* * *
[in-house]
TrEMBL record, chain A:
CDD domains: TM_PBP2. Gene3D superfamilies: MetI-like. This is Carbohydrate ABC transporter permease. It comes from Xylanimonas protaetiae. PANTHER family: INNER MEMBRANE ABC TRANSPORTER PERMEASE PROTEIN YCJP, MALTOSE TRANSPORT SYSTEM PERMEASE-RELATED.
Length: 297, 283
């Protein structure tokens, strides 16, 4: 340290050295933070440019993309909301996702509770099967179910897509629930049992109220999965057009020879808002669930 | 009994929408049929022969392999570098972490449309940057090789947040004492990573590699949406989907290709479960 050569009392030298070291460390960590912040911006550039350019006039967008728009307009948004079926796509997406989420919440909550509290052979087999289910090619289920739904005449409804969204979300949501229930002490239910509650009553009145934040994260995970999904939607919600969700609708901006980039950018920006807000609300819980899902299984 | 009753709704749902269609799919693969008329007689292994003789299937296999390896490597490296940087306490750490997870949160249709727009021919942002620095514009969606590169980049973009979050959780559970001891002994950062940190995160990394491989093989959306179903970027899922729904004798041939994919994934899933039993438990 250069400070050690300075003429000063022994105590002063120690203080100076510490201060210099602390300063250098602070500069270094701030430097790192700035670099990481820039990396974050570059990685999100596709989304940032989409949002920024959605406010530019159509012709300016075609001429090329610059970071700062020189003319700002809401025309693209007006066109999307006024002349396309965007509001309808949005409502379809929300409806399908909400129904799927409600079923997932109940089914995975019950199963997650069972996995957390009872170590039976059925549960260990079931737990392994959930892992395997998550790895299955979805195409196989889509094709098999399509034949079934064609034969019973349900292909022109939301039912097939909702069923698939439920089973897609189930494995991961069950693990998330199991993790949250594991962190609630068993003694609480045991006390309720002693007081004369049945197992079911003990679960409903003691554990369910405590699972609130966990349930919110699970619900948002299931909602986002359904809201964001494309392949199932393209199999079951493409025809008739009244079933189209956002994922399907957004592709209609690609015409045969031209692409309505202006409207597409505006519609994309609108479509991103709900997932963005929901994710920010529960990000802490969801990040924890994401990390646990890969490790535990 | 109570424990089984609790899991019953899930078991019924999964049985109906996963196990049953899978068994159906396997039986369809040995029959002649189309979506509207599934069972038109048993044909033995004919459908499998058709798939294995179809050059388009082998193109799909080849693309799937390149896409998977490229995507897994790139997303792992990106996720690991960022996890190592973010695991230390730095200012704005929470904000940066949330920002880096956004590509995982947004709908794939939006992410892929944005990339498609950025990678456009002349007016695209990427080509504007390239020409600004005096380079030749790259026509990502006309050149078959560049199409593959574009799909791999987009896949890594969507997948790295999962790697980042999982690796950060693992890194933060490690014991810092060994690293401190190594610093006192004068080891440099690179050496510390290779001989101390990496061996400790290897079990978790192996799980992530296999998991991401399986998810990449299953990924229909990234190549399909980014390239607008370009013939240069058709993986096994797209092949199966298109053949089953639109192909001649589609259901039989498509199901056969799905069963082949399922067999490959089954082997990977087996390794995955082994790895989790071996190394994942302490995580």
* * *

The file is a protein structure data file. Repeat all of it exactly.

[in-house]
TrEMBL record, chain A:
CDD domains: TM_PBP2. Gene3D superfamilies: MetI-like. This is Carbohydrate ABC transporter permease. It comes from Xylanimonas protaetiae. PANTHER family: INNER MEMBRANE ABC TRANSPORTER PERMEASE PROTEIN YCJP, MALTOSE TRANSPORT SYSTEM PERMEASE-RELATED.
Length: 297, 283
């Protein structure tokens, strides 16, 4: 340290050295933070440019993309909301996702509770099967179910897509629930049992109220999965057009020879808002669930 | 009994929408049929022969392999570098972490449309940057090789947040004492990573590699949406989907290709479960 050569009392030298070291460390960590912040911006550039350019006039967008728009307009948004079926796509997406989420919440909550509290052979087999289910090619289920739904005449409804969204979300949501229930002490239910509650009553009145934040994260995970999904939607919600969700609708901006980039950018920006807000609300819980899902299984 | 009753709704749902269609799919693969008329007689292994003789299937296999390896490597490296940087306490750490997870949160249709727009021919942002620095514009969606590169980049973009979050959780559970001891002994950062940190995160990394491989093989959306179903970027899922729904004798041939994919994934899933039993438990 250069400070050690300075003429000063022994105590002063120690203080100076510490201060210099602390300063250098602070500069270094701030430097790192700035670099990481820039990396974050570059990685999100596709989304940032989409949002920024959605406010530019159509012709300016075609001429090329610059970071700062020189003319700002809401025309693209007006066109999307006024002349396309965007509001309808949005409502379809929300409806399908909400129904799927409600079923997932109940089914995975019950199963997650069972996995957390009872170590039976059925549960260990079931737990392994959930892992395997998550790895299955979805195409196989889509094709098999399509034949079934064609034969019973349900292909022109939301039912097939909702069923698939439920089973897609189930494995991961069950693990998330199991993790949250594991962190609630068993003694609480045991006390309720002693007081004369049945197992079911003990679960409903003691554990369910405590699972609130966990349930919110699970619900948002299931909602986002359904809201964001494309392949199932393209199999079951493409025809008739009244079933189209956002994922399907957004592709209609690609015409045969031209692409309505202006409207597409505006519609994309609108479509991103709900997932963005929901994710920010529960990000802490969801990040924890994401990390646990890969490790535990 | 109570424990089984609790899991019953899930078991019924999964049985109906996963196990049953899978068994159906396997039986369809040995029959002649189309979506509207599934069972038109048993044909033995004919459908499998058709798939294995179809050059388009082998193109799909080849693309799937390149896409998977490229995507897994790139997303792992990106996720690991960022996890190592973010695991230390730095200012704005929470904000940066949330920002880096956004590509995982947004709908794939939006992410892929944005990339498609950025990678456009002349007016695209990427080509504007390239020409600004005096380079030749790259026509990502006309050149078959560049199409593959574009799909791999987009896949890594969507997948790295999962790697980042999982690796950060693992890194933060490690014991810092060994690293401190190594610093006192004068080891440099690179050496510390290779001989101390990496061996400790290897079990978790192996799980992530296999998991991401399986998810990449299953990924229909990234190549399909980014390239607008370009013939240069058709993986096994797209092949199966298109053949089953639109192909001649589609259901039989498509199901056969799905069963082949399922067999490959089954082997990977087996390794995955082994790895989790071996190394994942302490995580």